Lemieux, A. (2015). Transactional spaces of learning: A study on CEGEP students’ aesthetic experiences of French Quebec Literature. Arts Researchers & Teachers Society as part of the Canadian Society for the Study of Education, University of Ottawa, Ottawa, ON, June 1.
Lemieux, A. (2015). Conceiving the curriculum with student-text transactions: Readers’ experiences to foster critical literacy and democratic teaching. International Association for the Advancement of Curriculum Studies, University of Ottawa, Ottawa, ON, May 28.
Lemieux, A., & White, B. (2014). From visual to written arts: Fleeting aesthetic experiences revealed. Arts Researchers & Teachers Society as part of the Canadian Society for the Study of Education, Brock University, St. Catharines, ON, May 28.
Lemieux, A. (2014). Revisiting Rosenblatt’s transactional theory of reading: Implications for today’s literature classroom. Annual Symposium in Educational Studies, McGill University, Montreal, QC, April 8.
Lemieux, A. (2014). La lecture médiatique multimodale chez l’adolescent de secondaire 5 : Une étude des réactions à une pièce de théâtre franco-québécois et à son adaptation filmique dans le cours de français. Invited presentation at the 3rd Multimodal Literacy Research Seminar, Université du Québec À Montréal, Montreal, QC, December 6.
Lemieux, A. (2013). Reacting to Quebec drama: High school students' responses to literature as a way to improve literacy. Canada International Conference on Education, University of Toronto, Toronto, ON, June 25.
Lemieux, A. (2013). Understanding literature through popular culture: A case study of senior high school students’ evolving responses to Quebec literature. International Journal of Arts & Sciences’ Conference, Ryerson University, Toronto, ON, May 20.
Lemieux, A. (2013). Experiencing Incendies: Sparking senior high school students' interest in literature. 12th Education Graduate Students’ Society Conference, McGill University, Montreal, QC, March 15.
Literacy and Multimodality
Goals: In this FRQSC-funded research initiative, led by Dr. Nathalie Lacelle (UQÀM), we worked with 50 high school students to increase their text comprehension and literacy practices through the means of digital media. In addition to reading traditional text-based narratives, students used videos, apps, computers, iPads, MP3s, and board games to complete their work. We guided them given our extensive background in digital media implementation in language classes.
Process: Students worked in groups and individually. Through reading questionnaires and other response-induced prompts, students used multimedia to show their comprehension of the texts and to produce additional transfictional narratives in relation to what they had read. Their learning acquisition was framed within the cross-curricular competencies as prescribed by the Québec Ministry of Education.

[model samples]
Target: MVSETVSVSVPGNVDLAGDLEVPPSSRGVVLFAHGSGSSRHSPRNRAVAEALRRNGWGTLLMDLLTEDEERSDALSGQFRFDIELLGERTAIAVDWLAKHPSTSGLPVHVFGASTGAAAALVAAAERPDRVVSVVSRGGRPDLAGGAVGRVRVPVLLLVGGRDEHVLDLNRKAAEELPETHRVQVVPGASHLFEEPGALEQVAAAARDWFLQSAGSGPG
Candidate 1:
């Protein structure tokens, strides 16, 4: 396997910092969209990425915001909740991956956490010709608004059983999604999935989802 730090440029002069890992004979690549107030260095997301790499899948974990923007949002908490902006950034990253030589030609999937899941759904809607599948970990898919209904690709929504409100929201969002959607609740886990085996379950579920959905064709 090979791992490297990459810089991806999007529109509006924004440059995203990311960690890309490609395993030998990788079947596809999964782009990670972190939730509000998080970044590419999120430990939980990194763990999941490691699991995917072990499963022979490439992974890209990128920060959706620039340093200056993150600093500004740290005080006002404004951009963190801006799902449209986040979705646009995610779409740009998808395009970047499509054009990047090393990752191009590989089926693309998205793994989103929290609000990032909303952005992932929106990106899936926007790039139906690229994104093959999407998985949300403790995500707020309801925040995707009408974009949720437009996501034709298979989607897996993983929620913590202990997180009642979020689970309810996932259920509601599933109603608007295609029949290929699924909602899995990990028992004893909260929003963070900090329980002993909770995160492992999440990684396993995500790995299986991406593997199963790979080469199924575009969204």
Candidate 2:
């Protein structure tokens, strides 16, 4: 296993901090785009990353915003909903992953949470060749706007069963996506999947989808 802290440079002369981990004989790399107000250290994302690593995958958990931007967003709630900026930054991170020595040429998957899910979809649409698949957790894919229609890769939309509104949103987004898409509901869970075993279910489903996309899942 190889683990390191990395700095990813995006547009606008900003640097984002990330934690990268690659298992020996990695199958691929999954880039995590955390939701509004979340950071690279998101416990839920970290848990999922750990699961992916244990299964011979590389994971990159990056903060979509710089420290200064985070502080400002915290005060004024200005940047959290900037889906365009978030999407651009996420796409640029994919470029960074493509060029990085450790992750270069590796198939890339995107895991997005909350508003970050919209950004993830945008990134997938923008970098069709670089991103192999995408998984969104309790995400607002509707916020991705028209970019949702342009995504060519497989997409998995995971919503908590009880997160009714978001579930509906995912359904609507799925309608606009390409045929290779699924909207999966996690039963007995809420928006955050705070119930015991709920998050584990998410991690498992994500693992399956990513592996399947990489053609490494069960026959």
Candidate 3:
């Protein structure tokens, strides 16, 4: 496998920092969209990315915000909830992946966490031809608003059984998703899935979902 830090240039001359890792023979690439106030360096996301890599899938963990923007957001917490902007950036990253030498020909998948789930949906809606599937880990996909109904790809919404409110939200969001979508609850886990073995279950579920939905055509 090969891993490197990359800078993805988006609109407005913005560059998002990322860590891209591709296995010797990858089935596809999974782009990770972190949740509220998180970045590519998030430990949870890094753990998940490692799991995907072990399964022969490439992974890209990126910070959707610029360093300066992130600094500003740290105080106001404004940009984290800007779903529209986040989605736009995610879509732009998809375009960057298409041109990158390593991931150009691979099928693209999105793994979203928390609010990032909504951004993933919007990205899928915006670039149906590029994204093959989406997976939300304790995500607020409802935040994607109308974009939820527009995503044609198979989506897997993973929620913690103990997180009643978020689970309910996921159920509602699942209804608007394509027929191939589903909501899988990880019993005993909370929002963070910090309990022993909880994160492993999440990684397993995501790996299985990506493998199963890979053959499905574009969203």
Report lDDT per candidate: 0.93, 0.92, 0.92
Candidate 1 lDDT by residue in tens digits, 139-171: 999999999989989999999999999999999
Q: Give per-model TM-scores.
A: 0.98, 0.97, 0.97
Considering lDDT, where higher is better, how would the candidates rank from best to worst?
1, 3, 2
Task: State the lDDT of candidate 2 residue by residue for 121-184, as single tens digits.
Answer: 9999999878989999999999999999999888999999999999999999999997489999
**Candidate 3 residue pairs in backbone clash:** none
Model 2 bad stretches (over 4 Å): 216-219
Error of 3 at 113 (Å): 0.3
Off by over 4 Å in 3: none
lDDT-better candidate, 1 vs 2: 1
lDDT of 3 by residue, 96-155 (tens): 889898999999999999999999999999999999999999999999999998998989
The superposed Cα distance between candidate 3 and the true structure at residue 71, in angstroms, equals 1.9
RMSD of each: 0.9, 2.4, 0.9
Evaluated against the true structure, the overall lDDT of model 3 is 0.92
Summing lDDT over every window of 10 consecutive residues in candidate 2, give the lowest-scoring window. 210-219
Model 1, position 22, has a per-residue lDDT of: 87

Outcomes for the advancement of knowledge: Data showed that students felt the multimodal tool they used were useful for producing transfictional writing as part of the project. Further, individual writings showed personal engagement with the read narratives through traces of subjective and phenomenological reactions. For detailed outcomes, see Lemieux & Lacelle, 2016.
Knowledge mobilization: We published results from our work on transfictionality in Language & Literacy and Myriades:
Lemieux, A., & Lacelle, N. (2016a). Mobilizing students’ interpretive resources: A novel take on subjective response in the literature classroom. Language and Literacy, 18(3), 50-68. https://ejournals.library.ualberta.ca/index.php/langandlit/article/view/25652/21025
Lemieux, A., & Lacelle, N. (2016b). Approches transactionnelle, subjective, et phénoménologique en didactique de la lecture. Myriades : Revues d’études francophones, 2(1), 14-28. http://cehum.ilch.uminho.pt/myriades/static/volumes/2-2.pdf
and I co-authored a book chapter on historical fiction as taught through comic books as multimodal texts:
Lemieux, A., & Guénette, M.-F. (2016). Entre histoire et fiction : la Rébellion des Patriotes en roman et en bande dessinée pour la jeunesse québécoise. In B. Louichon & S. Brehm, Fictions historiques pour la jeunesse en France et au Québec (pp. 271-295), Special series « Studies on youth literature », Presses universitaires de Bordeaux. ISBN: 1030000719.